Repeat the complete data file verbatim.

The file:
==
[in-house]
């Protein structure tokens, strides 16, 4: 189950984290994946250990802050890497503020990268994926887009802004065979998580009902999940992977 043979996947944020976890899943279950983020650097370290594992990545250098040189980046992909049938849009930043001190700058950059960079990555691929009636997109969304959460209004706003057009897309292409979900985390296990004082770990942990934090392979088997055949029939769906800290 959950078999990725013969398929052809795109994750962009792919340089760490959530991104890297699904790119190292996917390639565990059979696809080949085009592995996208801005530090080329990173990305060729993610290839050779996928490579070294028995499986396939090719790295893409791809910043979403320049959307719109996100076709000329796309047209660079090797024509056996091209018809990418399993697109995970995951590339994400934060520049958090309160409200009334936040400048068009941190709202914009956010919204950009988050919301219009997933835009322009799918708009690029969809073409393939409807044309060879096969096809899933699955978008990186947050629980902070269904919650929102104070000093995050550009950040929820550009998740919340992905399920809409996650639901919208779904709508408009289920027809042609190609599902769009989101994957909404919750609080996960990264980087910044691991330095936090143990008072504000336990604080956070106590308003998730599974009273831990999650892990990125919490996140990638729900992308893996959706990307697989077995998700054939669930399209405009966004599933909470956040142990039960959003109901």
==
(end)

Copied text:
[in-house]
């Protein structure tokens, strides 16, 4: 189950984290994946250990802050890497503020990268994926887009802004065979998580009902999940992977 043979996947944020976890899943279950983020650097370290594992990545250098040189980046992909049938849009930043001190700058950059960079990555691929009636997109969304959460209004706003057009897309292409979900985390296990004082770990942990934090392979088997055949029939769906800290 959950078999990725013969398929052809795109994750962009792919340089760490959530991104890297699904790119190292996917390639565990059979696809080949085009592995996208801005530090080329990173990305060729993610290839050779996928490579070294028995499986396939090719790295893409791809910043979403320049959307719109996100076709000329796309047209660079090797024509056996091209018809990418399993697109995970995951590339994400934060520049958090309160409200009334936040400048068009941190709202914009956010919204950009988050919301219009997933835009322009799918708009690029969809073409393939409807044309060879096969096809899933699955978008990186947050629980902070269904919650929102104070000093995050550009950040929820550009998740919340992905399920809409996650639901919208779904709508408009289920027809042609190609599902769009989101994957909404919750609080996960990264980087910044691991330095936090143990008072504000336990604080956070106590308003998730599974009273831990999650892990990125919490996140990638729900992308893996959706990307697989077995998700054939669930399209405009966004599933909470956040142990039960959003109901």